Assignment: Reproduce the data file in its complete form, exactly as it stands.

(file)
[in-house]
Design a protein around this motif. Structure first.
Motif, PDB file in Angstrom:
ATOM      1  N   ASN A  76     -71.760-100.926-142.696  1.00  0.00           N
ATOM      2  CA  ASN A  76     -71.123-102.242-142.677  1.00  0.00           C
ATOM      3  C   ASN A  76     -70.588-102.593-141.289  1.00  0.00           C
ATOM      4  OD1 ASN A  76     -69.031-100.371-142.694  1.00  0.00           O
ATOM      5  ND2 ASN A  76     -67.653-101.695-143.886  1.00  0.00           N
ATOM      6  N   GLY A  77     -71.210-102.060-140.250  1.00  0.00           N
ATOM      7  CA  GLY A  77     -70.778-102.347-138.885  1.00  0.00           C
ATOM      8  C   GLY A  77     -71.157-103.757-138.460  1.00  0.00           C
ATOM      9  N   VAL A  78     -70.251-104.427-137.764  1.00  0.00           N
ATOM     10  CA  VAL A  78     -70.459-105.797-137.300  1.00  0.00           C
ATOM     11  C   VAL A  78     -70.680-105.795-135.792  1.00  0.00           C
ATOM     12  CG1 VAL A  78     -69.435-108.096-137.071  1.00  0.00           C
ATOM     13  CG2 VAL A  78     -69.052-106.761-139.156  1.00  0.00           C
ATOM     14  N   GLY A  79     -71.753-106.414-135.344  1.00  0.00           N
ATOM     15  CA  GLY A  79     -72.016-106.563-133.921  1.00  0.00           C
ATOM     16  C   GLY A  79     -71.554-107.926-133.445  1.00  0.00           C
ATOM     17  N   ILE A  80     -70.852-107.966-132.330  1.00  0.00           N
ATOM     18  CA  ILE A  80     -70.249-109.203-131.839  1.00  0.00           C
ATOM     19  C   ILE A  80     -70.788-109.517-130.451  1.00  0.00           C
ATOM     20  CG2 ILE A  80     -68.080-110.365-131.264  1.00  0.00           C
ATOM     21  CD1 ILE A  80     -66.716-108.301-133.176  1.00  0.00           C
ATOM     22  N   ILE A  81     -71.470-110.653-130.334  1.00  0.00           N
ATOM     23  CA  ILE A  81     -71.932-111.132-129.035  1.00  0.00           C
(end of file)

[in-house]
Design a protein around this motif. Structure first.
Motif, PDB file in Angstrom:
ATOM      1  N   ASN A  76     -71.760-100.926-142.696  1.00  0.00           N
ATOM      2  CA  ASN A  76     -71.123-102.242-142.677  1.00  0.00           C
ATOM      3  C   ASN A  76     -70.588-102.593-141.289  1.00  0.00           C
ATOM      4  OD1 ASN A  76     -69.031-100.371-142.694  1.00  0.00           O
ATOM      5  ND2 ASN A  76     -67.653-101.695-143.886  1.00  0.00           N
ATOM      6  N   GLY A  77     -71.210-102.060-140.250  1.00  0.00           N
ATOM      7  CA  GLY A  77     -70.778-102.347-138.885  1.00  0.00           C
ATOM      8  C   GLY A  77     -71.157-103.757-138.460  1.00  0.00           C
ATOM      9  N   VAL A  78     -70.251-104.427-137.764  1.00  0.00           N
ATOM     10  CA  VAL A  78     -70.459-105.797-137.300  1.00  0.00           C
ATOM     11  C   VAL A  78     -70.680-105.795-135.792  1.00  0.00           C
ATOM     12  CG1 VAL A  78     -69.435-108.096-137.071  1.00  0.00           C
ATOM     13  CG2 VAL A  78     -69.052-106.761-139.156  1.00  0.00           C
ATOM     14  N   GLY A  79     -71.753-106.414-135.344  1.00  0.00           N
ATOM     15  CA  GLY A  79     -72.016-106.563-133.921  1.00  0.00           C
ATOM     16  C   GLY A  79     -71.554-107.926-133.445  1.00  0.00           C
ATOM     17  N   ILE A  80     -70.852-107.966-132.330  1.00  0.00           N
ATOM     18  CA  ILE A  80     -70.249-109.203-131.839  1.00  0.00           C
ATOM     19  C   ILE A  80     -70.788-109.517-130.451  1.00  0.00           C
ATOM     20  CG2 ILE A  80     -68.080-110.365-131.264  1.00  0.00           C
ATOM     21  CD1 ILE A  80     -66.716-108.301-133.176  1.00  0.00           C
ATOM     22  N   ILE A  81     -71.470-110.653-130.334  1.00  0.00           N
ATOM     23  CA  ILE A  81     -71.932-111.132-129.035  1.00  0.00           C